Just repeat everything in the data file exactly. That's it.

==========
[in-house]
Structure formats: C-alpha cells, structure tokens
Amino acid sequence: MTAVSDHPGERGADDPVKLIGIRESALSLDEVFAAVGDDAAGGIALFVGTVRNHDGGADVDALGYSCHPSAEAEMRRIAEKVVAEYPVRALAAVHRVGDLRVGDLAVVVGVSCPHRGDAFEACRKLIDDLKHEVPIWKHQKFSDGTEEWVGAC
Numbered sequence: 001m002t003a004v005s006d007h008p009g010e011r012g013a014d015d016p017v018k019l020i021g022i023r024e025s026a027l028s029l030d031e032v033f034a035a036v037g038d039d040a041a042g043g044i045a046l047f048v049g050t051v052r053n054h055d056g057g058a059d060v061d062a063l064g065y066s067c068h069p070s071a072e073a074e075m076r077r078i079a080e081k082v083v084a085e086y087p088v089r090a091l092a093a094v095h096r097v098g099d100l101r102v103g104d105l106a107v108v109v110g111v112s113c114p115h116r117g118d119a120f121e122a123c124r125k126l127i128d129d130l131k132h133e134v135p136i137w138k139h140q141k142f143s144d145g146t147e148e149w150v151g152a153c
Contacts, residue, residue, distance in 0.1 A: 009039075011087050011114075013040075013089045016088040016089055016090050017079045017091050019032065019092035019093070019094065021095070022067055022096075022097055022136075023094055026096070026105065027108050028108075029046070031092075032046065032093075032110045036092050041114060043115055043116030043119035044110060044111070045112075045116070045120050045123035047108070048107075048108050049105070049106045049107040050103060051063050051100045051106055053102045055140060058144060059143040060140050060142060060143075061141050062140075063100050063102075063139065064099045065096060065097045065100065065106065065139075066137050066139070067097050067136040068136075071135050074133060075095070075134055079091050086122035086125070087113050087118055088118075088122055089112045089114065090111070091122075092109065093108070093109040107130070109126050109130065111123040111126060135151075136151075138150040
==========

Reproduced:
[in-house]
Structure formats: C-alpha cells, structure tokens
Amino acid sequence: MTAVSDHPGERGADDPVKLIGIRESALSLDEVFAAVGDDAAGGIALFVGTVRNHDGGADVDALGYSCHPSAEAEMRRIAEKVVAEYPVRALAAVHRVGDLRVGDLAVVVGVSCPHRGDAFEACRKLIDDLKHEVPIWKHQKFSDGTEEWVGAC
Numbered sequence: 001m002t003a004v005s006d007h008p009g010e011r012g013a014d015d016p017v018k019l020i021g022i023r024e025s026a027l028s029l030d031e032v033f034a035a036v037g038d039d040a041a042g043g044i045a046l047f048v049g050t051v052r053n054h055d056g057g058a059d060v061d062a063l064g065y066s067c068h069p070s071a072e073a074e075m076r077r078i079a080e081k082v083v084a085e086y087p088v089r090a091l092a093a094v095h096r097v098g099d100l101r102v103g104d105l106a107v108v109v110g111v112s113c114p115h116r117g118d119a120f121e122a123c124r125k126l127i128d129d130l131k132h133e134v135p136i137w138k139h140q141k142f143s144d145g146t147e148e149w150v151g152a153c
Contacts, residue, residue, distance in 0.1 A: 009039075011087050011114075013040075013089045016088040016089055016090050017079045017091050019032065019092035019093070019094065021095070022067055022096075022097055022136075023094055026096070026105065027108050028108075029046070031092075032046065032093075032110045036092050041114060043115055043116030043119035044110060044111070045112075045116070045120050045123035047108070048107075048108050049105070049106045049107040050103060051063050051100045051106055053102045055140060058144060059143040060140050060142060060143075061141050062140075063100050063102075063139065064099045065096060065097045065100065065106065065139075066137050066139070067097050067136040068136075071135050074133060075095070075134055079091050086122035086125070087113050087118055088118075088122055089112045089114065090111070091122075092109065093108070093109040107130070109126050109130065111123040111126060135151075136151075138150040